Rheumatoid arthritis

New protein predicts tissue damage in RA


Scientists have discovered a new protein that regulates the severity of tissue damage in people with RA.

The study of DNA and biopsy samples from joints of over 1,000 rheumatoid arthritis patients found the protein C5orf30 was highly expressed in the synovium of RA patients compared with control synovial tissue.

It was predominately expressed by synovial fibroblast (RASF) and macrophages in the lining and sublining layer of the tissue.

“These cells play a central role in the initiation and perpetuation of RA and are implicated in cartilage destruction,” wrote the researchers from University College Dublin and the University of Sheffield in this week’s PNAS.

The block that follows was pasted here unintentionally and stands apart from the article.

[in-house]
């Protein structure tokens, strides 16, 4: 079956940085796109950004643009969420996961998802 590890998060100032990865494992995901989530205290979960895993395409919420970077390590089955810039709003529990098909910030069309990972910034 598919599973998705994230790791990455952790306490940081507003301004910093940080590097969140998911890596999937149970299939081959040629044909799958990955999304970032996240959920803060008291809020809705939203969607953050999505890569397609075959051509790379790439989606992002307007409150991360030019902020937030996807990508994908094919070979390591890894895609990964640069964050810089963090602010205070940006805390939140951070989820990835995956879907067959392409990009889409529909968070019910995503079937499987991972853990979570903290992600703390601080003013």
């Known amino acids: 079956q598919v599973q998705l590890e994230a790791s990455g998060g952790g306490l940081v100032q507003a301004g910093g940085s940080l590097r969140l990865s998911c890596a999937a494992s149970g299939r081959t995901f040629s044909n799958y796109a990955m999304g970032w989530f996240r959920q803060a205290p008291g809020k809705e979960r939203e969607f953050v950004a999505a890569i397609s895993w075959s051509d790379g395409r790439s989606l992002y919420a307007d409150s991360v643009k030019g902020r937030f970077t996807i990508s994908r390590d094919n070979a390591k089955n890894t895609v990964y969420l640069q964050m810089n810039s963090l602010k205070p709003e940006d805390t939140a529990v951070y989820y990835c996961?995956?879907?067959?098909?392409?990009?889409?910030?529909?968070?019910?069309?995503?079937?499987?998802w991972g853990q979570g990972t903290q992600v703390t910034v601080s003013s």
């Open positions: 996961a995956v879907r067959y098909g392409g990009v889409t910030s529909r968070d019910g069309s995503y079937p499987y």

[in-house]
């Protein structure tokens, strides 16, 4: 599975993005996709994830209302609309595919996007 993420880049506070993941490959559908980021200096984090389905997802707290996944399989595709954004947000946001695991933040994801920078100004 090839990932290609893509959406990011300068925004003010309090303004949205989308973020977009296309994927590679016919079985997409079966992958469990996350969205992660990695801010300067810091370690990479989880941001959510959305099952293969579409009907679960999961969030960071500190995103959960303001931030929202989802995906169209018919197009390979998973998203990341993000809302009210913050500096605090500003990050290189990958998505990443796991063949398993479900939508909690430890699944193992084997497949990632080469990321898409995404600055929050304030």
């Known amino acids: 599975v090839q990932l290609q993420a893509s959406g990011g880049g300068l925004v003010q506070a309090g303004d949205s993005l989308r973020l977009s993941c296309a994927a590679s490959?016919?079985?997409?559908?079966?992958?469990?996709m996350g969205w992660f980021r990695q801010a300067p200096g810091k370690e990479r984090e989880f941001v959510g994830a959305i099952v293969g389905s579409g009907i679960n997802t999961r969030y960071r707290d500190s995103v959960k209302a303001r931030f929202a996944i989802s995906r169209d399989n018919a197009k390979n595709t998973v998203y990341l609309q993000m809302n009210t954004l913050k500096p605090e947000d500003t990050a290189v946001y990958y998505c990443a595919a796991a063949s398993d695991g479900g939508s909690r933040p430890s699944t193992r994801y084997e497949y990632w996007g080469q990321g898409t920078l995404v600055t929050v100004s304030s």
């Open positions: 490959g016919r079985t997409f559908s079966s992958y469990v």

“Our findings provide a genetic marker that could be used to identify those RA patients who require more aggressive treatments or personalised medicine,” said lead author Professor Gerry Wilson from the UCD School of Medicine and Medical Science, University College Dublin.

“They also point to the possibility that increasing the levels of C5orf30 in the joints might be a novel method of reducing tissue damage caused by RA”.

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